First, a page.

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Costa Rica's patchwork diversity.

Costa Rica's patchwork diversity

Costa Rica, though no bigger than West Virginia, holds more plant species than all of North America. Having surveyed Costa Rica's floral bounty for 25 years, taxonomist William C. Burger of Chicago's Field Museum of Natural History proposes a theory to explain both its species diversity and the puzzling observation that closely related plants in the region resist hybridation, even when growing only a kilometer apart.

In this lush, hilly country, altitudes and soils change substantially over short distances, creating a pastiche of varying habitats. Burger theorizes that chance mutations in a plant at the edge of one habitat may improve its disease resistance over plants adapted to slightly different conditions nearby. In order to keep the lifesaving trait, the newly emerging species must avoid swapping genes with its closely related neighbors. Such a scenario, Burger posits, could foster new species without large-scale geographic isolation or major climate change -- two factors often cited as triggers for diversity. To test his theory, he suggests looking for reduced disease resistance in crops transplanted into adjacent habitats.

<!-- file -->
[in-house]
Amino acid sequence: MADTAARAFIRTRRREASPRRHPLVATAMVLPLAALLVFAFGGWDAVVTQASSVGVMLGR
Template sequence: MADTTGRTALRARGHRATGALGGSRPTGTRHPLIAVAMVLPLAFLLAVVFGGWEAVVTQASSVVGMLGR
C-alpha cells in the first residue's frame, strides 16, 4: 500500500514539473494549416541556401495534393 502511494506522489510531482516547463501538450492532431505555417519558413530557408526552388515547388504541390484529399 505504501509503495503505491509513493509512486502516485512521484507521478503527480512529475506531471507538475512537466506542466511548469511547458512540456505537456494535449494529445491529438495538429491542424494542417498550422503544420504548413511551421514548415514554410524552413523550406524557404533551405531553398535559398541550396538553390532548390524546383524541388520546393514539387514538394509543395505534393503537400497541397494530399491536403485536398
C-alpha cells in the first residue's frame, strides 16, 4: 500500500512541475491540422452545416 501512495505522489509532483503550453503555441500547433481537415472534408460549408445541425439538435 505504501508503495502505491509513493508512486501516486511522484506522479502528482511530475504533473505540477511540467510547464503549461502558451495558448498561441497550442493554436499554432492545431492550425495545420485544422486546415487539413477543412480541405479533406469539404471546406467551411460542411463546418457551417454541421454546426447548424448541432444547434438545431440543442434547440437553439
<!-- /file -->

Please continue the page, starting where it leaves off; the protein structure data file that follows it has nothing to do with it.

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Title Annotation:botany
Author:Cowen, Ron
Publication:Science News
Date:Aug 18, 1990
Words:178
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